How to improve time management skills
I am still awestruck sometimes by friends who manage marriages, families, nonprofits, professional careers, and volunteer activities on days when I can’t even find the time to buy chewing gum from the Walgreens 5 minutes away from my house.
In last week’s blog post, (which you can read here), I stressed the importance of having vision and discussed one thing you can do to keep your goals in front of you as a way to keep you focused and motivate you toward your dreams.
But this is only half of the battle. The other half? Time-freakin’-management.
You see, the secret to squeezing every millisecond out of life that you can is not really about adding more time to your day—it is about wisely budgeting the time you do have. We all get 24 hours after all, right? So what do successful people do with their time that makes them so…well, successful?
First, I want to drive home this point: whether or not you can successfully manage your time has little to do with how big your to-do list is and everything to do with how much you care about achieving your dreams.
Years ago when I was meeting with a life coach, one of the things we discussed was my apathy for my work. Through a series of probing questions, together we found that my apathy came from my lack of energy; my lack of energy came from my lack of eating (I only ate once a day back then); and lastly my lack of eating came from my frustration with God, with my life, and with myself. Essentially, I just didn’t care enough to take care of myself.
The same holds true with our time management skills. We all have the ability to make the most of each day—but you have to care enough about succeeding, advancing, flourishing, and really seeing your dreams come to pass.
Back in the early Spring, I was trying to finish the last leg of my novel. I could’ve easily succumbed to the excuse that my brain was too fried by work to even look at the manuscript (an excuse I’d used many times before), but eventually I cultivated a deep enough love for my dream of getting published and that turned into me waking up at 5AM every morning to squeeze in some writing time.
Again, you have to care enough about what you want to achieve! Time management isn’t for the half-hearted, the faint, or the excuse-makers.
So if you’re ready to ditch the sorry reasons as to why you don’t have time for this and that, then read on!
One of the biggest traps for ambitious dreamers like you and me who have a bagillion goals is that we tend to overwhelm ourselves with our to-do lists. I remember times when I’d jot down 30 different things I wanted to achieve in one day! This will only lead to burn out and stress. Instead, follow the three steps below:
1) Segmentation. As often as you need to, scribble down all the things you have to and want to do—from simple things like mailing Grandma Lucy her birthday gift to huge things like going back to school for your Master’s or starting yoga or cooking classes.
Next, it’s time to segment. Grab yourself a blank sheet of paper (or feel free to use a giant poster board) and write out the following segments: This Week, This Month, Three Months, Six Months, Sometime This Year. Then put each of your items into one of these categories.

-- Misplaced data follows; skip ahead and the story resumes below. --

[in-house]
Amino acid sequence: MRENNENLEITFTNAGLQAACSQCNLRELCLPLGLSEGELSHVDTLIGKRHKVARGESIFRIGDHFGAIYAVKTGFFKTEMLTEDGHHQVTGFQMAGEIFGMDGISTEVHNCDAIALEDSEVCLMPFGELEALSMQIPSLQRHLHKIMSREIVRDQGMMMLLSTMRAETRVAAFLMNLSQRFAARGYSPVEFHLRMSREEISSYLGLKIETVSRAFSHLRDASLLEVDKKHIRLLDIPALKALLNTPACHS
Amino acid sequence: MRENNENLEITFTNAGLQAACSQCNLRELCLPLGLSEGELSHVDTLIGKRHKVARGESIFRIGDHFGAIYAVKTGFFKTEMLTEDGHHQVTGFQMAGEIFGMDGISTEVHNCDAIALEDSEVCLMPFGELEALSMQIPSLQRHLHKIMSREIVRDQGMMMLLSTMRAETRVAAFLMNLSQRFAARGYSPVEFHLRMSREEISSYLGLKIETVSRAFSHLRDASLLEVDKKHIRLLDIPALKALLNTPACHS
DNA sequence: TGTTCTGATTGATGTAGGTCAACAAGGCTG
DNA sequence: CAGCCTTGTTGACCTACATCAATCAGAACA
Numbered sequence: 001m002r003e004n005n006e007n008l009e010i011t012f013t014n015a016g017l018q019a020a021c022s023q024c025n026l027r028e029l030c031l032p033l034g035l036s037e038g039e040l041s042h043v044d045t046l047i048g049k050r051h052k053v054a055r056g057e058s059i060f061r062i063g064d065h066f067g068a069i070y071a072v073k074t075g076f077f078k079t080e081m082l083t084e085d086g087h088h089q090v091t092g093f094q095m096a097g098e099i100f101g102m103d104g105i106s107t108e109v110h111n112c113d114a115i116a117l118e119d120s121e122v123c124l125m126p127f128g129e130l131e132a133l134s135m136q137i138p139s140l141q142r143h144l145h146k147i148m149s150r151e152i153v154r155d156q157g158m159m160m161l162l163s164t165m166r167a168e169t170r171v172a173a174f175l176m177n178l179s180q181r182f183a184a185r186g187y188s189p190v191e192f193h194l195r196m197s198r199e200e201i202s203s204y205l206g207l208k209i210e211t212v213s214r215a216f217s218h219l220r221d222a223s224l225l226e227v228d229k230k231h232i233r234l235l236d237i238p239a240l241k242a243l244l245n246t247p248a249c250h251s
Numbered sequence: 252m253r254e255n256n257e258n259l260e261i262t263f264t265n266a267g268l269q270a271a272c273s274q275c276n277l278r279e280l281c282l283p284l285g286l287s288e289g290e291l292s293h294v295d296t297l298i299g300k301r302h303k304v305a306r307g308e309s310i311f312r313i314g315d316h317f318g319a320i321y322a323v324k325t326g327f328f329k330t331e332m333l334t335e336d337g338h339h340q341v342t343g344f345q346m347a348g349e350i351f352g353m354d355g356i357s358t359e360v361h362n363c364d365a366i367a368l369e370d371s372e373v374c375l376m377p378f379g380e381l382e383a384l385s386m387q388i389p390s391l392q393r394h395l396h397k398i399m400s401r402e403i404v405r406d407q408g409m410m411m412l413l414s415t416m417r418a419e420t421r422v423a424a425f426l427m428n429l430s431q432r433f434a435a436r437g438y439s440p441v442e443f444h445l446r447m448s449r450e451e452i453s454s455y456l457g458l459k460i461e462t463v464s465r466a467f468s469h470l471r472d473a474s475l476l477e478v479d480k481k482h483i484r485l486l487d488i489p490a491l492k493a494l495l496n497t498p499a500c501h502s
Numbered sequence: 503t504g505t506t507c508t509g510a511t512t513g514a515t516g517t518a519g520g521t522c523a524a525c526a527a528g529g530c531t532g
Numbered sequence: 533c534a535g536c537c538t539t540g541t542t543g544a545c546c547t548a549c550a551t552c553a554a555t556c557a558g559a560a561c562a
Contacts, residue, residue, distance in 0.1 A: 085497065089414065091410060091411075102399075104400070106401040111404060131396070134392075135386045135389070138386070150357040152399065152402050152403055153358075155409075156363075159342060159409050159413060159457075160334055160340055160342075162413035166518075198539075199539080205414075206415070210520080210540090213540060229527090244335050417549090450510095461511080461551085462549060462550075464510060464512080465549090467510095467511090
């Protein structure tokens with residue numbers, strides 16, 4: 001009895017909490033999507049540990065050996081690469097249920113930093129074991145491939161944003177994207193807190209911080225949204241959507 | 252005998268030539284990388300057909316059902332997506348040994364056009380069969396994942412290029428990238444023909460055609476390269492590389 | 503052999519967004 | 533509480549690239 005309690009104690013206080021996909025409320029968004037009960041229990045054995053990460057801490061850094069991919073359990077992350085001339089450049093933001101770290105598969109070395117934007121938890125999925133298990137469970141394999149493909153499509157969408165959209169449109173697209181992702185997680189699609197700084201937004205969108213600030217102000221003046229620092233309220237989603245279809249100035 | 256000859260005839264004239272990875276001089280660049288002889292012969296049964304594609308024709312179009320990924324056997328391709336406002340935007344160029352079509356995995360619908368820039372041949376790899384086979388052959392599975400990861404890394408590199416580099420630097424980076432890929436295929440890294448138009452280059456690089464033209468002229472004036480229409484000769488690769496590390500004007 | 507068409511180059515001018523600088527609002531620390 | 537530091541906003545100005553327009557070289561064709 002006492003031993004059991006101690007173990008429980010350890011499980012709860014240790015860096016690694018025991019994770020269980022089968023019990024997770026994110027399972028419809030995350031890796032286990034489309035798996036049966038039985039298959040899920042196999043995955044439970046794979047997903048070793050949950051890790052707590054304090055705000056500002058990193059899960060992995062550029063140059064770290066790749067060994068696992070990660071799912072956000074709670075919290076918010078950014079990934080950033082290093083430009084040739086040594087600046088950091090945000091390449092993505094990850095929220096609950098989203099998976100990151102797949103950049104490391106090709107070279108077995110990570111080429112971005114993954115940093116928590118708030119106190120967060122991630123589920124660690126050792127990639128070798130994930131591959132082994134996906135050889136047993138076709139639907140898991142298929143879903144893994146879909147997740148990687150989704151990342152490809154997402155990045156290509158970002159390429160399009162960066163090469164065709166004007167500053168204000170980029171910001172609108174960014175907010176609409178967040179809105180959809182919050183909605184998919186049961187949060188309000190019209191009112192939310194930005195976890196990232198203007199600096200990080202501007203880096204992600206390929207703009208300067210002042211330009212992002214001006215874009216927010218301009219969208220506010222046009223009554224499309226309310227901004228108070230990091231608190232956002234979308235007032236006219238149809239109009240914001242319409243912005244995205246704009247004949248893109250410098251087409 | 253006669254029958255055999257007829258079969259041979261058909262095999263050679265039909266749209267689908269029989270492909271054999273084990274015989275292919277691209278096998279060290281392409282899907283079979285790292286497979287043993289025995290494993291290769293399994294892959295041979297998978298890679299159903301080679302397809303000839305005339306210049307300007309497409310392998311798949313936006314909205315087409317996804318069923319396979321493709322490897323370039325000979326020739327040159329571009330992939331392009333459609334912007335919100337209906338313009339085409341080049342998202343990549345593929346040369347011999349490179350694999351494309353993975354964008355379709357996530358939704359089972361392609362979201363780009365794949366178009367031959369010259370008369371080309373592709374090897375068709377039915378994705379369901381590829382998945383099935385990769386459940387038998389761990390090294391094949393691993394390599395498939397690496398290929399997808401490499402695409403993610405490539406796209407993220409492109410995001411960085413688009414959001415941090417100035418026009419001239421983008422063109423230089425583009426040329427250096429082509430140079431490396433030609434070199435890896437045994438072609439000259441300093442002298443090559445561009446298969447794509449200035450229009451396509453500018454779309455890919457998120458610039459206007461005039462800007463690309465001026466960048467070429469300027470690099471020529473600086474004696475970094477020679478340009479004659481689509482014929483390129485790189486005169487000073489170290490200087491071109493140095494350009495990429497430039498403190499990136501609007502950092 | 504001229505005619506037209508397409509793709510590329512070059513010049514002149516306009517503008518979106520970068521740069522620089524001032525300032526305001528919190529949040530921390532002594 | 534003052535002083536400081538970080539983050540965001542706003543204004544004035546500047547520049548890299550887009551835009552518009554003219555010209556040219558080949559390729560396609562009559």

This is a method I learned from my mentor Marie Forleo, and it has proven EXTREMELY helpful to me. Now, instead of piling every single ambition into one day, I allow myself to have laser focus on things based on how time-sensitive they are.
2) Make or Break’s. Another thing you want to do is decide on your make or break’s. Basically, if a lazy day pops up, you’re not going to agonize over lost time so long as you were able to accomplish your make or break’s. My own make or break’s (the things I absolutely must do on my days off in order to feel accomplished) are: spirituality (yoga/meditation/prayer), health & wellness (exercise), reading, writing, spending time with friends & family, and teaching (through my blog, live events, or webinars). I have 8 make or break’s total but these are the ones that will 100% fulfill me and make me feel good even if it’s been a somewhat lazy day. So compose a list of your own make or break’s and keep them before you.
3) Use Every Possible Moment. Look for free time in your day the way you used to look for spare change in couches as a kid (and maybe still d0 –hey, I aint mad atchya!). I wanted to listen to teachings during the day and found that my 30-minute commute to work would be a great opportunity to pop in a CD. Since I have a DVR, I sometimes simply record a show and later watch it just so that I can fast-forward through the commercials and save myself 15 minutes. Think about minor adjustments you can make in your own day that can purchase you some time here and there.
Time management, at the end of the day, is really just a matter of shifting your thinking. How much do you care about your dreams? How much do you really want to achieve your goals? In the comments below, share your own time management tips or one of the three suggestions above that you plan on implementing this week!